Dr. Gabriel Saldías Rossel
Dra. Carolina A. Navarrete González
Dystopia’s tight grasp on western civilization is undeniable. Not only in the realm of the symbolic, where it has prevailed for over a century, but also in the material, where more and more often we witness dystopian elements leaking into everyday life, as it was the case with the 2018 march of Argentinian women protesting abortion rights dressed as Atwood’s famous handmaids. In Latin America, it would seem, dystopia feels as, if not “real,” at least an ominous certainty; a kind of perpetual apocalyptic zeitgeist waiting to happen when you least expect it. It shouldn’t come as a surprise then that much of what we consider dystopian fiction in Latin America is, paradoxically, firmly grounded in reality.
I’d like to take the Chilean experience as a case study on this subject, for it’s quite interesting that a country that has embraced capitalism for a long time and, in turn, has redeemed itself as “one of the most stable countries in the region,” is also one where dystopia has reigned supreme for over 40 years. Because Chile doesn’t write eutopias anymore, at best, we remember them fondly and sigh wishfully whenever we see a utopian novel reedited, as La Pollera publishers did recently with Manuel Astica’s Thimor, the so-called “first Chilean utopia,” originally published in 1932. Dystopias, meanwhile, continue to be published regularly each year.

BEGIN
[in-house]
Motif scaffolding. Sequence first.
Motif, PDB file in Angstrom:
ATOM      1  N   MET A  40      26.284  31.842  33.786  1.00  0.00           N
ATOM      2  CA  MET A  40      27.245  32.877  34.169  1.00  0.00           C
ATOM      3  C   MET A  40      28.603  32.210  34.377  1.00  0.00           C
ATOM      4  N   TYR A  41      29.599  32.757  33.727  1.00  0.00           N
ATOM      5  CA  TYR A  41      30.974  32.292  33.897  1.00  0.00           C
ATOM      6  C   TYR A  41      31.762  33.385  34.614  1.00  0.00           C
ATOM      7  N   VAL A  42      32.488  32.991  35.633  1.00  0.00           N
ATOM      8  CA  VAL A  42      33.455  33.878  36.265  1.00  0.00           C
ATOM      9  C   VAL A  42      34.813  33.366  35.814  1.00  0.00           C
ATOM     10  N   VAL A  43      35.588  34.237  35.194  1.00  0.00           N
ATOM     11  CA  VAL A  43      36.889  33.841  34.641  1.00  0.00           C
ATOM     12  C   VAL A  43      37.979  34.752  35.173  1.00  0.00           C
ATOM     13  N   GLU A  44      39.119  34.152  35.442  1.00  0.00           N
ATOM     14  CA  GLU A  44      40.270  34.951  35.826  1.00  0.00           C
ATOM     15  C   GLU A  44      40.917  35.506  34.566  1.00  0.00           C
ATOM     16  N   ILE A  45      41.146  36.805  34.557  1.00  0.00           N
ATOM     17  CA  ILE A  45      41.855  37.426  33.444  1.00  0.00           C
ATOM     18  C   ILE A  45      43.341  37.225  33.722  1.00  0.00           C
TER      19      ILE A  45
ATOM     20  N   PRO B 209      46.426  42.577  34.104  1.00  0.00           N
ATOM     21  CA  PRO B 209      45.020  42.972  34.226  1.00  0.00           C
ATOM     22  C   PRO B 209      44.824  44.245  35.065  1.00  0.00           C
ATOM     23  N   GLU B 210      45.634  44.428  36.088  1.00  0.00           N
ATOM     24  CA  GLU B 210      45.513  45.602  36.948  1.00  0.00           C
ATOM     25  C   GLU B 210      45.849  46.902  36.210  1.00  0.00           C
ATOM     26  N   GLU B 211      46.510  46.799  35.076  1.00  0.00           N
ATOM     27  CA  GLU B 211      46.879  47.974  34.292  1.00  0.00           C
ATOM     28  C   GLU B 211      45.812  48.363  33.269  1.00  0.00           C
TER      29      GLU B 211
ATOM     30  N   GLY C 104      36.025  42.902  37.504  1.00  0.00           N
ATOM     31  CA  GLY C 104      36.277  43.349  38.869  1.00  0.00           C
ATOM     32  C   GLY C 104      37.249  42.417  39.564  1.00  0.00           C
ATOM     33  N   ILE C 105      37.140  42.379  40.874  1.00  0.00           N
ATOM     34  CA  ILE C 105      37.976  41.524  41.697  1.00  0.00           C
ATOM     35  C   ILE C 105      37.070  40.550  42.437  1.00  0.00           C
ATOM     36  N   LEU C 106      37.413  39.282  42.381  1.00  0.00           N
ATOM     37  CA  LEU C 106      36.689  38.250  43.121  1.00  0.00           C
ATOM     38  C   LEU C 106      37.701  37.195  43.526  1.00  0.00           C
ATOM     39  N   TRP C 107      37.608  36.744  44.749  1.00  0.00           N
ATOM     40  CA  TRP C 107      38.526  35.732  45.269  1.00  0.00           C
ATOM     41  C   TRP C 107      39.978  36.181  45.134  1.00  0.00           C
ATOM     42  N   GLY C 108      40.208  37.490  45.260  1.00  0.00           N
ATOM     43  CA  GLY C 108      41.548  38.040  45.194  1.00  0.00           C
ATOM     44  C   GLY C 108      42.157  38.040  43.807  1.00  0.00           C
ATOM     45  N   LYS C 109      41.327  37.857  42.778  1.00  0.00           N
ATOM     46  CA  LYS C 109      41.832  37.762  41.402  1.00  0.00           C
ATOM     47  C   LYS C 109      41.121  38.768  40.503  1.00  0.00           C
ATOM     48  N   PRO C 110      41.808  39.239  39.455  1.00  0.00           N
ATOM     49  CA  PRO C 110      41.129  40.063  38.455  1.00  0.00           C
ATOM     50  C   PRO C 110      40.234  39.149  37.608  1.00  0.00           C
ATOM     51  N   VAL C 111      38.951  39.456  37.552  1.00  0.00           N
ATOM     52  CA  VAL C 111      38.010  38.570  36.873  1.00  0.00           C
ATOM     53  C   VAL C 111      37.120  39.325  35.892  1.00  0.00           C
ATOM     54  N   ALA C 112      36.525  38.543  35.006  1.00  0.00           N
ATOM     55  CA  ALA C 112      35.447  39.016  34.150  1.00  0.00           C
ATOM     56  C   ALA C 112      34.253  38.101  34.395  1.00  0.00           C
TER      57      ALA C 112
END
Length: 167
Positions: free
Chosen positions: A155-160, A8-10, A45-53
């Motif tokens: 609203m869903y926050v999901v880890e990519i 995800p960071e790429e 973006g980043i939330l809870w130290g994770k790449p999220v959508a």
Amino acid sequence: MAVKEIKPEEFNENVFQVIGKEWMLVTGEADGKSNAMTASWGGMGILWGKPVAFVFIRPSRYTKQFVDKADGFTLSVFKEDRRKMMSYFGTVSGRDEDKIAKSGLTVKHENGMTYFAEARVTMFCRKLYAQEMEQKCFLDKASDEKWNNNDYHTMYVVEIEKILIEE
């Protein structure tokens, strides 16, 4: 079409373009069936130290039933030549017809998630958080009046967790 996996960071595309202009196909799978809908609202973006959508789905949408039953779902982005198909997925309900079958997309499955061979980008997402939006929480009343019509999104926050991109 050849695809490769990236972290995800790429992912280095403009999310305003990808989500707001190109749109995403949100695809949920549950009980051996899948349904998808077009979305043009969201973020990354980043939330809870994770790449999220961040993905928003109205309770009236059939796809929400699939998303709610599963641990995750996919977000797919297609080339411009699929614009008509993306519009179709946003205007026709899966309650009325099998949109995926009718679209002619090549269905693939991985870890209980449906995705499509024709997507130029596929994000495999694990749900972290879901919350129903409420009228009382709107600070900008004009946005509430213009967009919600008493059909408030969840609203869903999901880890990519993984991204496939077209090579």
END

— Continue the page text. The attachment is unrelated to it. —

First order of business, then, would be to properly conceptualize this apparent “death” of eutopias in Chile. Let’s discuss the deceased: it’s imperative we have a discernible body upon which to enact our autopsy of the utopian genre, yet this particular entity eludes any forensic endeavor, firstly because it would seem it never existed in the first place, while those that attest to the contrary, usually admit utopias in Chile were never really anything more than imitations of foreign trends with hardly anything original in them.
There’s certainly some truth to this claim, however, not entirely. Chilean utopias published during the 19th century by authors such as Francisco Miralles (Desde Júpiter, 1877), Benjamín Tallman (¡Una vision del porvenir!, 1875) and, to some degree, Jorge Klickmann (La ciudad encantada de Chile: drama patriótico histórico-fantástico en cuatro actos, 1892), José Victorino Lastarria (Don Guillermo, 1860) and Juan Egaña (Ocios filosóficos y poéticos en la Quinta de las Delicias, 1829), were certainly inspired by republican values, futurist literature such as Verne’s and European positivism, yet, their main concern was always related to Chile and its overall improvement as a country and society. This continued during the first half of the 20th century, with the emergence of Astica’s “classical utopia” Thimor (1932), the surprising popularity of “lost civilization” narratives, such as Hugo Silva’s Pacha Pulai (1945) and Manuel Rojas’ En la ciudad de los césares (1939), as well as the continued trend of futuristic fiction by authors such as David Perry and his Ovalle, el 21 de abril de 2031 (1933) and Julio Assman’s Tierra Firme (1927). Eventually, more complex and experimental works of fiction began to be published with mixed reception by critics, such as Vicente Huidobro’s La Próxima: Historia que pasó en poco tiempo más (1927) and Juan Ermar’s Ayer (1935).